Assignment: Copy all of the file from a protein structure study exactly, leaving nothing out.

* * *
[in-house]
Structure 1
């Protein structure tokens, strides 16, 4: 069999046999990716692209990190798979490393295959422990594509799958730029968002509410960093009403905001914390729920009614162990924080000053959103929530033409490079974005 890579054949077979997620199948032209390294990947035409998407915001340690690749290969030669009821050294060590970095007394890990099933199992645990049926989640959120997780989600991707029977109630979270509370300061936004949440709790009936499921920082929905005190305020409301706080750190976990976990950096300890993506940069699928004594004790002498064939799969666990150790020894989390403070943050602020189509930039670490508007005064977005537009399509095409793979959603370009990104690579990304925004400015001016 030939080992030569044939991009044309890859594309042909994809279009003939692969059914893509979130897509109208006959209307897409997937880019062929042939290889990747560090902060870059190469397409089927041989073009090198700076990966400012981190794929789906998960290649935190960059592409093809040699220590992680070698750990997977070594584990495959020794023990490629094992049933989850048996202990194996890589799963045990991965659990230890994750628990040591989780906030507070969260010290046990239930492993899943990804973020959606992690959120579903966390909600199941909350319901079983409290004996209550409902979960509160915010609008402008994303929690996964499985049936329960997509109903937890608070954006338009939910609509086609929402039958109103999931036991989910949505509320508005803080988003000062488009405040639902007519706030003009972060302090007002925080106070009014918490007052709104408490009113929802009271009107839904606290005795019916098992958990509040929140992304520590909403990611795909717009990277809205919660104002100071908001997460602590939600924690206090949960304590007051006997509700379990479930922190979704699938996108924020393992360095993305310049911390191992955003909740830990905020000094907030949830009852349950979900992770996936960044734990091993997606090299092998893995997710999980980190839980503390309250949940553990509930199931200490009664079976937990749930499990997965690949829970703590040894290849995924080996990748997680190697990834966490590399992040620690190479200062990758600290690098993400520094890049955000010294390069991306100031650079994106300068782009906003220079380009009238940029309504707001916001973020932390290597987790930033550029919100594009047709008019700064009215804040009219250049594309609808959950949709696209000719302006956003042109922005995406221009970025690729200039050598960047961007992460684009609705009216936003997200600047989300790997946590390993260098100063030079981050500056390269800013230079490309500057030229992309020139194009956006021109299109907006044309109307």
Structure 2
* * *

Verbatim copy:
[in-house]
Structure 1
């Protein structure tokens, strides 16, 4: 069999046999990716692209990190798979490393295959422990594509799958730029968002509410960093009403905001914390729920009614162990924080000053959103929530033409490079974005 890579054949077979997620199948032209390294990947035409998407915001340690690749290969030669009821050294060590970095007394890990099933199992645990049926989640959120997780989600991707029977109630979270509370300061936004949440709790009936499921920082929905005190305020409301706080750190976990976990950096300890993506940069699928004594004790002498064939799969666990150790020894989390403070943050602020189509930039670490508007005064977005537009399509095409793979959603370009990104690579990304925004400015001016 030939080992030569044939991009044309890859594309042909994809279009003939692969059914893509979130897509109208006959209307897409997937880019062929042939290889990747560090902060870059190469397409089927041989073009090198700076990966400012981190794929789906998960290649935190960059592409093809040699220590992680070698750990997977070594584990495959020794023990490629094992049933989850048996202990194996890589799963045990991965659990230890994750628990040591989780906030507070969260010290046990239930492993899943990804973020959606992690959120579903966390909600199941909350319901079983409290004996209550409902979960509160915010609008402008994303929690996964499985049936329960997509109903937890608070954006338009939910609509086609929402039958109103999931036991989910949505509320508005803080988003000062488009405040639902007519706030003009972060302090007002925080106070009014918490007052709104408490009113929802009271009107839904606290005795019916098992958990509040929140992304520590909403990611795909717009990277809205919660104002100071908001997460602590939600924690206090949960304590007051006997509700379990479930922190979704699938996108924020393992360095993305310049911390191992955003909740830990905020000094907030949830009852349950979900992770996936960044734990091993997606090299092998893995997710999980980190839980503390309250949940553990509930199931200490009664079976937990749930499990997965690949829970703590040894290849995924080996990748997680190697990834966490590399992040620690190479200062990758600290690098993400520094890049955000010294390069991306100031650079994106300068782009906003220079380009009238940029309504707001916001973020932390290597987790930033550029919100594009047709008019700064009215804040009219250049594309609808959950949709696209000719302006956003042109922005995406221009970025690729200039050598960047961007992460684009609705009216936003997200600047989300790997946590390993260098100063030079981050500056390269800013230079490309500057030229992309020139194009956006021109299109907006044309109307």
Structure 2